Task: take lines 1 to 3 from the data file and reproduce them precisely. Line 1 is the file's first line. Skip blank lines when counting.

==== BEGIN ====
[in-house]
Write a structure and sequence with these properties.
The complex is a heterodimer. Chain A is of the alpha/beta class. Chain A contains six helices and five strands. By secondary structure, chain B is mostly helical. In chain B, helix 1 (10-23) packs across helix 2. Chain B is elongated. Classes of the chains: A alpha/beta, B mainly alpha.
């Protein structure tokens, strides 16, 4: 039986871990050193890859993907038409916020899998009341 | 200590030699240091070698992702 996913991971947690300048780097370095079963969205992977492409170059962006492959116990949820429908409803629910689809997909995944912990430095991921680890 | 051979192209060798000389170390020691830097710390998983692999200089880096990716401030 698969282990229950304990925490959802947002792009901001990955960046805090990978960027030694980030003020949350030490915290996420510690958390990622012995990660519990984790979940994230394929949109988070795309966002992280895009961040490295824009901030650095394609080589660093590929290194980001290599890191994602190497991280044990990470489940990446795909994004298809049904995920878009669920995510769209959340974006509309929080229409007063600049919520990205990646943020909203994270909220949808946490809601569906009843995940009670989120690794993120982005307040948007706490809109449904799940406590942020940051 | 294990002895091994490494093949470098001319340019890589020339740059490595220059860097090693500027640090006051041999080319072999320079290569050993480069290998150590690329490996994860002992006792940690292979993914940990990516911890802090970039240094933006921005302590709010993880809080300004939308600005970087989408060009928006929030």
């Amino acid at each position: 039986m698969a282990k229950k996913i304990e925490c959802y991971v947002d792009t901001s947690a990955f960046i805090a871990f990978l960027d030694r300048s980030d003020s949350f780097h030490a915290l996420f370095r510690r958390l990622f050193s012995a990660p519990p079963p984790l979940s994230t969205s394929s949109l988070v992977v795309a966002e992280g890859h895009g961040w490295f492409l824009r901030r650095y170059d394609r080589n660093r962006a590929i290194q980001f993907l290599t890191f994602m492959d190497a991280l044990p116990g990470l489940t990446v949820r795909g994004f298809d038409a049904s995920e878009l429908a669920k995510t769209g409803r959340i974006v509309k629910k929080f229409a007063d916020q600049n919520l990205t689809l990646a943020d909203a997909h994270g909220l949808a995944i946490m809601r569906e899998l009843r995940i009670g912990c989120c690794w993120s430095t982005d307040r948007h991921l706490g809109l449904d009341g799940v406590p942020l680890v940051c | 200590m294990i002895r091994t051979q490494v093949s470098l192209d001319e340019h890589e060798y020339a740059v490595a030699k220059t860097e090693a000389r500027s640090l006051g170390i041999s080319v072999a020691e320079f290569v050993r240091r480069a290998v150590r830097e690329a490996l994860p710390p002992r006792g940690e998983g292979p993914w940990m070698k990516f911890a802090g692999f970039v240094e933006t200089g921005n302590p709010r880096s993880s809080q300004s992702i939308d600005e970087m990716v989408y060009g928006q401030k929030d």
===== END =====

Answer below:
[in-house]
Write a structure and sequence with these properties.
The complex is a heterodimer. Chain A is of the alpha/beta class. Chain A contains six helices and five strands. By secondary structure, chain B is mostly helical. In chain B, helix 1 (10-23) packs across helix 2. Chain B is elongated. Classes of the chains: A alpha/beta, B mainly alpha.